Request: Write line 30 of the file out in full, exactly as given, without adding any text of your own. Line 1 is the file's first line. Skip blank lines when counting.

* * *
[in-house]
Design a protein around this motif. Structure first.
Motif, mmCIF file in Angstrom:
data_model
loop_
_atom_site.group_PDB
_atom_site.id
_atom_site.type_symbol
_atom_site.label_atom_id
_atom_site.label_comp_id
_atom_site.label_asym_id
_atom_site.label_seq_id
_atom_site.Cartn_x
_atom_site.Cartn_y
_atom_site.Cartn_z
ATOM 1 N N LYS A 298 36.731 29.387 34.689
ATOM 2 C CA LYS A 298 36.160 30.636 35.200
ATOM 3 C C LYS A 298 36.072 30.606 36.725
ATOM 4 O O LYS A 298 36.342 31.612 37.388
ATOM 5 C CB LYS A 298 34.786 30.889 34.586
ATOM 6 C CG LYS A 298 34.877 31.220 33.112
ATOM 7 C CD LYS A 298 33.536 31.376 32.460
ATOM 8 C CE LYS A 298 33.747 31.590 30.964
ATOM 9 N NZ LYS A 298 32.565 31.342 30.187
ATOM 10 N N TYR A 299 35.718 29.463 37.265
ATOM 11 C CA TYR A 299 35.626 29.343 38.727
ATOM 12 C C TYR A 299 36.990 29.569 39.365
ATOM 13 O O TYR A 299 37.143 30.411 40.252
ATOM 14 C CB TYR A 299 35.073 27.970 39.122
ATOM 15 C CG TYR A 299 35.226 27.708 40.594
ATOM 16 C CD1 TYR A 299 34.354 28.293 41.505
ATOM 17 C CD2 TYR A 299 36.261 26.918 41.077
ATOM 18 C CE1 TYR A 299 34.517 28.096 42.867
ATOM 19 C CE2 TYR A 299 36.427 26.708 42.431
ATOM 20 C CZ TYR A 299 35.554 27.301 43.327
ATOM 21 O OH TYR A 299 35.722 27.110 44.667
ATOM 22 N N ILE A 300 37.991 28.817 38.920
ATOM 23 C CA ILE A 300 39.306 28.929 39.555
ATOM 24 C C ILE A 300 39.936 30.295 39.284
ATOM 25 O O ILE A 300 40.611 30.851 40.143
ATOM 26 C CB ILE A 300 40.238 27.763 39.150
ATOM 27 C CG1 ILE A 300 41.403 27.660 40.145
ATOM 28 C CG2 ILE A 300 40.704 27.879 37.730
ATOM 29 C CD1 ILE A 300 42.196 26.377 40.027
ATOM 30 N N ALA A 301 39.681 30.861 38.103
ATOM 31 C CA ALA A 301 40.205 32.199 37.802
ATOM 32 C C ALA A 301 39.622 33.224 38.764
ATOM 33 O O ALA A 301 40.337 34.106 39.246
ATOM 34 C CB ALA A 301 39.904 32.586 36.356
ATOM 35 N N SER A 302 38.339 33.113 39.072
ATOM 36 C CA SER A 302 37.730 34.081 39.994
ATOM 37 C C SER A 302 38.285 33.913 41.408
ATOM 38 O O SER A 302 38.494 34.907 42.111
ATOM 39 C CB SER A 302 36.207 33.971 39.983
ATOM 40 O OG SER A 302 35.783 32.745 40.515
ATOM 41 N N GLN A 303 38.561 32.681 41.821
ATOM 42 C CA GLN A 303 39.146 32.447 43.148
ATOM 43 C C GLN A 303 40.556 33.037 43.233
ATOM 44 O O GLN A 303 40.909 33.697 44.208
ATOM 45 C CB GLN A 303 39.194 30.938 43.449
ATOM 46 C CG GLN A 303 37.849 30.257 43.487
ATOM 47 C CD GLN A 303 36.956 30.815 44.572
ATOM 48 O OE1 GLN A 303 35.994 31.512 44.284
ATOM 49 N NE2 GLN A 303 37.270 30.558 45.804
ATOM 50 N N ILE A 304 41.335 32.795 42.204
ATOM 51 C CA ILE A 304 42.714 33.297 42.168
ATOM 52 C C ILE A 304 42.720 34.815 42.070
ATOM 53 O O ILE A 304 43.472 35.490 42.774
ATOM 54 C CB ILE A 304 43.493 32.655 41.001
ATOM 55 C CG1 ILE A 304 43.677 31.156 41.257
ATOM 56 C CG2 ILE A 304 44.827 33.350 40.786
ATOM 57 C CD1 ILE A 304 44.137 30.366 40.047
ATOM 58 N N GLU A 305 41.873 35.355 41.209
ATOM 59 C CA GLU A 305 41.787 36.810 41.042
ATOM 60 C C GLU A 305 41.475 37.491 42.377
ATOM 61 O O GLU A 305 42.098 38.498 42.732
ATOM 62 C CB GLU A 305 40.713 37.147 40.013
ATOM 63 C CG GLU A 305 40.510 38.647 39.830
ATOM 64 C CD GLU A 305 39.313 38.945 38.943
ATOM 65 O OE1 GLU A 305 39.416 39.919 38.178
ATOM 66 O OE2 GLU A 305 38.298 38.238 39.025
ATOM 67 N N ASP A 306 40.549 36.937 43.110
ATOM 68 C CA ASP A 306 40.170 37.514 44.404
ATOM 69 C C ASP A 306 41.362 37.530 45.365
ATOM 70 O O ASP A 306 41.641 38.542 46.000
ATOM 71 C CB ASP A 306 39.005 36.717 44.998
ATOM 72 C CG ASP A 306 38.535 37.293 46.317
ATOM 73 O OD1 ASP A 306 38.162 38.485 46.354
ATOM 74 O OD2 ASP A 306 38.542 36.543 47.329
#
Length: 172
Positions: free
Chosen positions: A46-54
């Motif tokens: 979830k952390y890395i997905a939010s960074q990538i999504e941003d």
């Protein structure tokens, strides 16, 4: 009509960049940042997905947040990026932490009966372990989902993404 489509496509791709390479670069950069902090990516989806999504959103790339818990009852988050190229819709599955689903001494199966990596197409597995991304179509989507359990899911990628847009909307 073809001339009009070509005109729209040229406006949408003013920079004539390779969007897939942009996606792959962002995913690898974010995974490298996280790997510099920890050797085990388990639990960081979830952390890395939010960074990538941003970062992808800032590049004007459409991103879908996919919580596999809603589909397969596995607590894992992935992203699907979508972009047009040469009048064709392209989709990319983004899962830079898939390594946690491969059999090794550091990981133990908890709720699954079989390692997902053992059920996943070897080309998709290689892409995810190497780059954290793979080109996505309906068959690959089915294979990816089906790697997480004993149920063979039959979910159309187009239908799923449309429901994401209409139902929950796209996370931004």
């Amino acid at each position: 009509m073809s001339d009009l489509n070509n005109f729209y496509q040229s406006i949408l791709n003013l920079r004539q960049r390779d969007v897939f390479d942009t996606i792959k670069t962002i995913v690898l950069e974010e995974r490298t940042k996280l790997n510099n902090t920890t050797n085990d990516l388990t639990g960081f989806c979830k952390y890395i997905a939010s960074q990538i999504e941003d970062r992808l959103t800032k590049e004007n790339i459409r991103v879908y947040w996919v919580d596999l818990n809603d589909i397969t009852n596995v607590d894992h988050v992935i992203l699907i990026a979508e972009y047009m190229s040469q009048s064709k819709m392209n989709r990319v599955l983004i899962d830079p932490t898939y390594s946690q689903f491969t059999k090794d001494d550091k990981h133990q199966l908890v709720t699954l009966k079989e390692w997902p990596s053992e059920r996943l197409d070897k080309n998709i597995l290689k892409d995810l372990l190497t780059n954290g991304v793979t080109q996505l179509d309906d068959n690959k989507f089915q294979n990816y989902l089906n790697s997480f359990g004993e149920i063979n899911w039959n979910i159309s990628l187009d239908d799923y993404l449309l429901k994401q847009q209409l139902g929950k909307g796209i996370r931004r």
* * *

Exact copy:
ATOM 15 C CG TYR A 299 35.226 27.708 40.594